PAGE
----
Humanism, at its core, is the belief that humanity must save itself. It relies on observation to make the statement that the gods are not stopping our wars, curing our plagues, nor holding back forces of nature. Human ingenuity has developed diplomacy, discovered vaccination and medicine, and created all manner of tools to warn and protect us from a wide range of disasters. It says that we don’t have or need supernatural means of solving our problems.
Humanism strives to be rational and communal in its approach to solving problems and improving the world.
Humanism is one of our sources, and it is an essential one. Unitarian Universalism is a humanist religion; Unitarian Universalism is religious humanism.
UUism uses humanism as a foundation; humanism is part of how we can welcome diverse beliefs. Our focus is not on conversion or telling people about the afterlife but on improving the world we live in—teaching that, if there are divine forces, we are their eyes, ears, and hands in the material world. It is up to us to save ourselves, collectively. This is religious humanism, generally written with a small “H” to set it off from the formal “Secular Humanism” that has become its own belief system since the original Humanist Manifesto of 1933 (a document signed by several Unitarian ministers).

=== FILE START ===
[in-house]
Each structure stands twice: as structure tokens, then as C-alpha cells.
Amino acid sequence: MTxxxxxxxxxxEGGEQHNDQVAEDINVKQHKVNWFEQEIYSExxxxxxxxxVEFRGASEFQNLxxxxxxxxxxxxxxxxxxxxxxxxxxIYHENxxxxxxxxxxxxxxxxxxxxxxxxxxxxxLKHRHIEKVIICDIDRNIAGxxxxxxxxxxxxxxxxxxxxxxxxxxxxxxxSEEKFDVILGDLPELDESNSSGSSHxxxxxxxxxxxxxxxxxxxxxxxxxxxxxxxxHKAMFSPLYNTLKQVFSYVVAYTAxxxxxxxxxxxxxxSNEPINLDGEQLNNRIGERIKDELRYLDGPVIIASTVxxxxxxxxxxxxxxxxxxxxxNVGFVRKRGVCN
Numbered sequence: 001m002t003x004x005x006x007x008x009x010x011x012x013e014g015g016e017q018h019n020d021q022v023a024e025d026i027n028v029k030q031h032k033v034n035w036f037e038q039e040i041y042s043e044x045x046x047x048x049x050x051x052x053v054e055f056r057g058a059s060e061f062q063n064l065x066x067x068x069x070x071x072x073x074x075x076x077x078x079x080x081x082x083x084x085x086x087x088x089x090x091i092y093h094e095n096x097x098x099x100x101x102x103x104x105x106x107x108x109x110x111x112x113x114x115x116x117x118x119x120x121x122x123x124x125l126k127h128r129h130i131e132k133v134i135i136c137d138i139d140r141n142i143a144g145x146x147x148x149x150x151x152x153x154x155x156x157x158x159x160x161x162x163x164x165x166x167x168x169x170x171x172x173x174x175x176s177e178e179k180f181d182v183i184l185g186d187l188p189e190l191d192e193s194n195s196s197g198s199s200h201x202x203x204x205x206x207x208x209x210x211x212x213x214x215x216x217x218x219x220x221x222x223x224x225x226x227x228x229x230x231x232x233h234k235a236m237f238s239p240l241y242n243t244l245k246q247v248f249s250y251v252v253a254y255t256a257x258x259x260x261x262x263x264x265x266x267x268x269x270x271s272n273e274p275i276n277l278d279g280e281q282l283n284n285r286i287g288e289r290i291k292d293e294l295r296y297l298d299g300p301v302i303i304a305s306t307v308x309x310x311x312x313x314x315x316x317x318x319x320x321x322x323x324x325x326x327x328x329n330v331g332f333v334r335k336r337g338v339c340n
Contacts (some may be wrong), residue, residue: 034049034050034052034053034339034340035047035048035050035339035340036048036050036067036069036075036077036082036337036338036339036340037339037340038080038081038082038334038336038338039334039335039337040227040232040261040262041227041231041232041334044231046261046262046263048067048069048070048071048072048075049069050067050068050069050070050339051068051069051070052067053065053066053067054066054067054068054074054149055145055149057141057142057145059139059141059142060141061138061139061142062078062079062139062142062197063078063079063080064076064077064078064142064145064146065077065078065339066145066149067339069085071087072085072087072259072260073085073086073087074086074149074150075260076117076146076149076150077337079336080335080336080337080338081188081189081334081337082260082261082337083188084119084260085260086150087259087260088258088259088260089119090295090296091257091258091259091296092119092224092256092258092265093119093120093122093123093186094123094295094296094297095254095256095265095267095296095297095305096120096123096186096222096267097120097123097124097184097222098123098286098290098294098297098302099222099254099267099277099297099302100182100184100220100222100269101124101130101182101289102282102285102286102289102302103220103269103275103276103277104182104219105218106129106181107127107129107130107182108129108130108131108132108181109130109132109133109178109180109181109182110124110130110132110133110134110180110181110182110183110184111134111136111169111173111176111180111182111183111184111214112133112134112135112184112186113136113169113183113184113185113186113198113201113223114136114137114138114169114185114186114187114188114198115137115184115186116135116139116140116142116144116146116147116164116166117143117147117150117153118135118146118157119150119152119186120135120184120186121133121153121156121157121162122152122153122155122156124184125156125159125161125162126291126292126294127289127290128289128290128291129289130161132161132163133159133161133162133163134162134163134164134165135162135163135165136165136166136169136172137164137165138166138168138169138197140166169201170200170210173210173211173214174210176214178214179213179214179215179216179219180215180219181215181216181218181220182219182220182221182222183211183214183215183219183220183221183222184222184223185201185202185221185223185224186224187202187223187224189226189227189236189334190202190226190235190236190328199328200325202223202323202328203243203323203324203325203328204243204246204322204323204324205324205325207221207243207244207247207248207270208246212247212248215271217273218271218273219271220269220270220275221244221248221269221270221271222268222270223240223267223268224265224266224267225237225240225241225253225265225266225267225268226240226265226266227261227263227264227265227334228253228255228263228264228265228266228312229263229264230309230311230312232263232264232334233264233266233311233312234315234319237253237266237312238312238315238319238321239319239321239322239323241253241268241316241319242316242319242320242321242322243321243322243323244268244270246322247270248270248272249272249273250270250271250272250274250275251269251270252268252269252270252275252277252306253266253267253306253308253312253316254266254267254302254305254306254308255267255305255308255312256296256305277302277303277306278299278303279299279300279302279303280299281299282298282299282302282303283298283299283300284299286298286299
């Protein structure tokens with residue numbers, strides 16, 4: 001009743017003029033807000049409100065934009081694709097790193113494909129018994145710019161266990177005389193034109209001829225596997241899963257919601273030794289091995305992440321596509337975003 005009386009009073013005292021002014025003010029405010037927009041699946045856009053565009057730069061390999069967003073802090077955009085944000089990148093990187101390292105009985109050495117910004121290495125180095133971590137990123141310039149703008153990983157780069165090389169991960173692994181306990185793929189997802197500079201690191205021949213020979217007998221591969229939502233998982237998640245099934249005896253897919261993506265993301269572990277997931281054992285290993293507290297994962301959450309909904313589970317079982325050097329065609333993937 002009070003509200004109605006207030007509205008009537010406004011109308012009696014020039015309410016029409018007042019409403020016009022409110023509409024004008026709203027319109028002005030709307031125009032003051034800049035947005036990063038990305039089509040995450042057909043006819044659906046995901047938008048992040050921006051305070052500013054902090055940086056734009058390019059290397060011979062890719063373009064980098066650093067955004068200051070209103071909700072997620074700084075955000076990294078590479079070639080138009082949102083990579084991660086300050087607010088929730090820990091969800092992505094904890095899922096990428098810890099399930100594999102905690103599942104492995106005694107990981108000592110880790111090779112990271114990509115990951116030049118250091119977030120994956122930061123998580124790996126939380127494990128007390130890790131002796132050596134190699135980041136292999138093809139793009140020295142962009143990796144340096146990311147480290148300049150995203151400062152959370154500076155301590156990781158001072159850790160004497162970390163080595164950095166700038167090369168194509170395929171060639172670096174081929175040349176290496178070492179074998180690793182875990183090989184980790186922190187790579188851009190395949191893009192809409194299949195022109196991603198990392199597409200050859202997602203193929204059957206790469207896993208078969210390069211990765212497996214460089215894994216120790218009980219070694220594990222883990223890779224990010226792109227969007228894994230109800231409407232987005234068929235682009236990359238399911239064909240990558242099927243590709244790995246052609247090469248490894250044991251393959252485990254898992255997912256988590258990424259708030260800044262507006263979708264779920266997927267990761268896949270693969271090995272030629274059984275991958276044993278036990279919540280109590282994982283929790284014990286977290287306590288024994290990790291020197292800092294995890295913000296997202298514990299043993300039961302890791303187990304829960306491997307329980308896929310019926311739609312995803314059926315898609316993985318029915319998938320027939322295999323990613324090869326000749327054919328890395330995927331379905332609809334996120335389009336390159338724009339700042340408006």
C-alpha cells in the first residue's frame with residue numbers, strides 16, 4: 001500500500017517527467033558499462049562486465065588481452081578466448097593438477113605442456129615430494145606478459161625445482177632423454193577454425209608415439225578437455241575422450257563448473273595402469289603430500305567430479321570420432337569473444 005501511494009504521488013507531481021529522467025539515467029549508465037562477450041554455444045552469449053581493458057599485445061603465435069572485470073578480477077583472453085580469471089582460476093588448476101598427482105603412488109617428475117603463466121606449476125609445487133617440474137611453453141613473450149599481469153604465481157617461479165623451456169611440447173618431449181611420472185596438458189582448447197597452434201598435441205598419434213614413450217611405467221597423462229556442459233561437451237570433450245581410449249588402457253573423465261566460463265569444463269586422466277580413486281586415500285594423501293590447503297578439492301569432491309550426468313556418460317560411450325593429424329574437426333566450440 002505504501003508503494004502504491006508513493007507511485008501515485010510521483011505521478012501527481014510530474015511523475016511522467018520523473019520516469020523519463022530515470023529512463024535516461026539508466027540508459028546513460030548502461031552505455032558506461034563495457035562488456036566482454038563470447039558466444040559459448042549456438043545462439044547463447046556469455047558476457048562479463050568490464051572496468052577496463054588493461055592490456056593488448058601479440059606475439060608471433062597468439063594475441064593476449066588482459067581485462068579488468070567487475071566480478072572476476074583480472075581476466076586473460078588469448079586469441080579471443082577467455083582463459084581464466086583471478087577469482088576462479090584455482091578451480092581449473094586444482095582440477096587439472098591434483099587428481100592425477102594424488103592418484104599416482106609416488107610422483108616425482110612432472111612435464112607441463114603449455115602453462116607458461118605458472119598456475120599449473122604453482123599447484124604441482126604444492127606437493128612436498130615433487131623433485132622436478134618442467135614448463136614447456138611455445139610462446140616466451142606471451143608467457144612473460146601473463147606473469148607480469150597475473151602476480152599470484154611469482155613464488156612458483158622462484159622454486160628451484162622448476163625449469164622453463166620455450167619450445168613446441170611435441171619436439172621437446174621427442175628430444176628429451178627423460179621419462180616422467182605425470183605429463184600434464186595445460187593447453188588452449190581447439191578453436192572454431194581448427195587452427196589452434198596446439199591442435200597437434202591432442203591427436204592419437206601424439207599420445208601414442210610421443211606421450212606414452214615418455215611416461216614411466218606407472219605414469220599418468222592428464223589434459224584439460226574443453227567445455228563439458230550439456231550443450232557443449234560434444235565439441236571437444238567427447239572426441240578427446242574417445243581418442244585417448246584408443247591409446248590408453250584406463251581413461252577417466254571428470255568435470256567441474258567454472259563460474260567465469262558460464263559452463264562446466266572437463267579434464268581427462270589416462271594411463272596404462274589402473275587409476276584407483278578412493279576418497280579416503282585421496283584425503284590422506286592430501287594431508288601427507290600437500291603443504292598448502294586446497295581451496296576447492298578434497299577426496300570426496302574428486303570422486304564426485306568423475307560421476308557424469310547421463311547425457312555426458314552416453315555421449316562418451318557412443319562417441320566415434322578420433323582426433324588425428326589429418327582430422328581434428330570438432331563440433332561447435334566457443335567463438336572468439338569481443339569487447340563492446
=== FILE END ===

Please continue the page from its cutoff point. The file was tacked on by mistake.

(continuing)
Humanist, but religious
Unitarian Universalism cannot be secular, though. Secular means “free of religious entanglement or influence”, and there is no way for that to be true of a Liberal Religion. We are a religious tradition, and religious language and religious themes are part of our heritage and must be part of our legacy if we are to have any impact going forward; to cede them is to give up our cultural influence all together. We must refuse to surrender words like “church” or “fellowship” or “worship” or even “evangelism” to fundamentalists and religious conservatives. Those are our words, too, and we can shape their meaning just as much as any other group.
We’ve made religion more liberal; there is no need to pretend that we are any less religious as a result. We can be humanist and religious at the same time. We already are, and we must remain so if we are to have a future. Any cultural authority or influence we have as a movement is based on our status as a religion, dealing with the big questions of human existence, even if we admit to not have all the answers.
And we are absolutely not alone in being religiously humanist. Many Reform Jewish congregations are, as are some Friends (Quaker) Meetings. Religious Humanism was described first in 1933, but it has existed for a while longer than that. We get to choose if we will foster our brand into the new century.